Monthly Archives: November 2014


bullying-factsThe word Bully gets thrown around all the time by parents and students. However, from my experience, they do not understand the implications and the power that “the B word” carries. The word bully means something very specific, and a lot of times the word they mean to use is mean or rude. It is up to us teachers to educate our school stakeholders on the differences between the three.

Rude= Inadvertently saying or doing something that hurts someone else. 

Mean= Purposefully saying or doing something to hurt someone once (or maybe twice).

Bullying = Intentionally aggressive behavior, repeated over time, that involves an imbalance of power.

Here is an article from the Huffington Post that gives a more thorough description. 

The majority of the time, in third grade anyway, the culprit is rudeness. Students are still building their social skills and their self awareness and their ability to think forward to how their words and actions will come across to other people. Sometimes meanness can come into the picture, but many times kids just think that they are being funny or making a joke.


Child Development in Third Grade

In the four and a half years I’ve been teaching I have come to know very well that third grade is a big year for child development. Every year in elementary school yields leaps and bounds of growth, but third grade parents are always amazed at how different their children behave throughout the year, sometimes good different and sometimes bad, and how much difficulty they have socially.  And the social aspects of third grade are an even bigger deal than academics, which are substantially harder than second grade.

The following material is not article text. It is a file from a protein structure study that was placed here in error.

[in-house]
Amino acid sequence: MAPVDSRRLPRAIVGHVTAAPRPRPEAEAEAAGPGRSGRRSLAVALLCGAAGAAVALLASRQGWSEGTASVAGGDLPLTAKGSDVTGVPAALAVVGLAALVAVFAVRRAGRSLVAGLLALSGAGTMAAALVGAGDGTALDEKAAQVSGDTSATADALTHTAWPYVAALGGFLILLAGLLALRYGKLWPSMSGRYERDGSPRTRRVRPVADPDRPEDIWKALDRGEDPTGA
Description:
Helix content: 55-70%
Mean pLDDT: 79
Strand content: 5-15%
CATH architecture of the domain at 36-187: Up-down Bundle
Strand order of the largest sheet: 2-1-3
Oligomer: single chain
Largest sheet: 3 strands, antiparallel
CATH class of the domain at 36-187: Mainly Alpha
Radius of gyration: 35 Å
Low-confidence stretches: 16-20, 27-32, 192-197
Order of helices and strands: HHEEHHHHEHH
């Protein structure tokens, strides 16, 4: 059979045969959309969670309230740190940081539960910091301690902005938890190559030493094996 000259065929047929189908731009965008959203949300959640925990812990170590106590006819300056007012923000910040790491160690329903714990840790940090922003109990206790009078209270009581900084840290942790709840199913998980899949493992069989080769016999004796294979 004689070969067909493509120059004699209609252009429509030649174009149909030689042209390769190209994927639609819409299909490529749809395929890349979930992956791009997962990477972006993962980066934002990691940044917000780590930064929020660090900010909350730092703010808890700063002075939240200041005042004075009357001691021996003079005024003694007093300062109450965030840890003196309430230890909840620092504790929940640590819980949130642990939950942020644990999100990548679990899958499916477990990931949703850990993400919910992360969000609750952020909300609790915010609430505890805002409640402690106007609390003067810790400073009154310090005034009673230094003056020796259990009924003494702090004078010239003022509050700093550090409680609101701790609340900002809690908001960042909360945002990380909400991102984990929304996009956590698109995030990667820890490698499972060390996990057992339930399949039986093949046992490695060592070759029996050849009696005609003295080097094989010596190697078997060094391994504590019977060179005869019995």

So I have started to prepare the parents ahead of time by providing them with what to expect. I don’t put together anything fancy. The Internet is abound with resources for the taking. I just send the parents links like this and include social development information in our third grade parent handbook, which you can see here. 


One of these social difficulties third graders face is egocentrism. Third graders usually think only of themselves.  This is completely developmentally normal, but in third grade it starts becoming an issue with friendships and peer relationships.

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I’ve recently had trouble with the students’ cubbies. They don’t have desks, so all of their school belongings reside in their cubbies. I have had a lot of student and parent complaints of  pushing, name-calling, and “bullying” around of the cubbies. (For the record, I don’t like the word bullying. 95% of the time parents and students actually mean meanness or rudeness, not bullying. I think I’ll write another post about the difference.) Egocentrism, third graders only thinking about themselves, is really the trouble. One of my students gets pushed and they automatically think that the other child is has a personal vendetta against them and is being a “bully.” What I am working so hard to do this year is to get students to: